<<I also got the rebuild tape, and reviewed it a few days ago. It does look pretty simple, but I’m curious about how your turbo’s looked *before* you took ‘em apart. Were there symptoms, and how did the old parts look? Did you see any obvious signs of failure in the seals?>>
There was a lot of gunk and black crap all over one of the turbo and compressor housings. It appeared to me that the leaking was coming from the large o-ring and the turbine seal. The turbine shaft seal was very gunked up with carbon and scale. I was concerned with the big snap ring that holds it all together too. That’s all that keeps the o ring compressed properly and it’s hard to tell if it is seated well. I put two small clamps against the compressor housing and the bearing housing squeezing them together while I pushed the large snap ring in a bit further just to be sure.
<<Did the rebuild kit include instructions for compressor wheel nut torque?>> No
<< What about cautions to help prevent damage to the shaft or bearing surfaces? Did you do you do the shaft polishing with fine paper? In a drill press or a lathe?>>
I cleaned the shaft with some very fine scotch-brite and then a very hard white stone. It really didn’t require much. I did them in a drill chuck on a mill. The cleaning was in the area that holds the turbine shaft seal. I carefully glass beaded that with 40 psi along with the fins staying away from the shaft itself.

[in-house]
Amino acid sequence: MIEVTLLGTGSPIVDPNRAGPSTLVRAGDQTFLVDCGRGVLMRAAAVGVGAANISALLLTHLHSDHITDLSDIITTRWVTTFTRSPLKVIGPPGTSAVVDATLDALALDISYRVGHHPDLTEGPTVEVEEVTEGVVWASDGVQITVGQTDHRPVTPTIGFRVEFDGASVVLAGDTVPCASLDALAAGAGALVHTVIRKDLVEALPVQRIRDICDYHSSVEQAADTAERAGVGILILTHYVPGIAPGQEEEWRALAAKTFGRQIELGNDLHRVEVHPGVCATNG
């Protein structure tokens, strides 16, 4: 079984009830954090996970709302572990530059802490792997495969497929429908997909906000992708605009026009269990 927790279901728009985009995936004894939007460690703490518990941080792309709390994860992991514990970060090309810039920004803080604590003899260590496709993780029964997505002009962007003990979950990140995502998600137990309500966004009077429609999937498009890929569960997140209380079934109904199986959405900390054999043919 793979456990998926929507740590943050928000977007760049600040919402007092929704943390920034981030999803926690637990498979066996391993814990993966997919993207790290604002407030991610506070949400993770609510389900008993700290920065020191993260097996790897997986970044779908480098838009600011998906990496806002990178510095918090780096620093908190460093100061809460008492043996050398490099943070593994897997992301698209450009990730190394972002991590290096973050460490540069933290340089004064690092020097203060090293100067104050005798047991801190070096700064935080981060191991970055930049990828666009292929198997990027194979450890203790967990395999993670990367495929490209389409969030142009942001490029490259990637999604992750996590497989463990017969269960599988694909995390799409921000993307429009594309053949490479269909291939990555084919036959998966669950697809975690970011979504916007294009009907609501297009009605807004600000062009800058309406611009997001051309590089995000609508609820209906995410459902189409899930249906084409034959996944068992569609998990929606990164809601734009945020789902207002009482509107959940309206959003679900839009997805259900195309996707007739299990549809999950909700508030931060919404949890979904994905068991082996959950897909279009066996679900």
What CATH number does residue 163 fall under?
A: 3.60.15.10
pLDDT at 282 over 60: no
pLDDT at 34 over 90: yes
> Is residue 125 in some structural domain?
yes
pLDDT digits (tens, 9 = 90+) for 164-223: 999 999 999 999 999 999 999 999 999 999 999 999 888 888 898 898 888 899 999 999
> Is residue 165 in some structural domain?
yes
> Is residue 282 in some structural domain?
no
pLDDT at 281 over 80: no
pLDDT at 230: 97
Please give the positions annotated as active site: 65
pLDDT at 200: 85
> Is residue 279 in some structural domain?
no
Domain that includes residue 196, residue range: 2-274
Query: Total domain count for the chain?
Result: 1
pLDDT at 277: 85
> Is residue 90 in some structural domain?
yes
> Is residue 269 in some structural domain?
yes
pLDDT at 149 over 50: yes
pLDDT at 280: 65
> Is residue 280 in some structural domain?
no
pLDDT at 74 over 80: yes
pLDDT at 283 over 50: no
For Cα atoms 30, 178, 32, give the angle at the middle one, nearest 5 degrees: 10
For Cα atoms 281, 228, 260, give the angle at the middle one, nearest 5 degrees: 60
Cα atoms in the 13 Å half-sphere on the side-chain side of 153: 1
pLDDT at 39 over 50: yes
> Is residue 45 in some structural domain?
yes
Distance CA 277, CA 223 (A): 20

<<Any thoughts on getting the rotating assembly balanced, or doing any grinding/polishing in the turbine housing to prevent hot spots and cracking?>>
There’s no need to rebalance the assembly. It was balanced when built and as long as you mark the compressor wheel and the turbine wheel before you reassemble it will still be just as balanced as it was originally. There was a tiny number 6 on one of the wheels. I just used marking pen to mark the opposing wheel lined up with the 6. You don’t want to make scribe marks on the wheels.
<<Did you see any signs of cracking? Any signs of heat damage to the compressor wheel? >>
My wheels had no sign of any damage or hot spots. A very low pressure glass bead took the gunk off the one that was leaking and the others looked like they were brand new.
<<Did you use straight oil for the bearing/shaft reassembly?>>
Just smeared a little motor oil on them. You just don’t want them spinning up the first time dry.
<<I think it’s also recommended that the oil feed lines get replaced, not cleaned, as I’ve read that it’s very hard to get them perfectly clean. Nothing sucks more than running some dirt into your nice clean turbo...>>
That’s probably reasonable advice. I personally sprayed quite a bit of carb cleaner through the oil line while I rotated it around and blew it out and repeated that a couple of times. I see no need to replace it. You stand more chance getting something in you oil every time you do an oil change if you ask me.
<<It would probably be a good idea to make sure the turbo’s are fully oiled before first running the engine by doing some cranking with the fuel pump fuse removed.>>
I agree.
<<Lots O’ questions, ;-) let me know if you’d like me to put this in a 1, 2, 3,... format so they’ll be easier to answer, and send a copy of the response to the list. Thanks, David >>
I will add that the 4mm Allen wrench was really a 2.5mm and you need a torx wrench as well to get the stock screws out of the thrust bearing.
Also, I didn’t glass bead the cast iron turbine housing. I cleaned the outside of that with a wire wheel and then soaked it in a solvent tank and then cleaned it with carb cleaner. I felt it would be too much of a chance to take not getting the glass out of the little oil holes in that. You also want to be sure you use some scotch-brite or fine paper to clean the buildup out of the seat where the turbine shaft seal mates.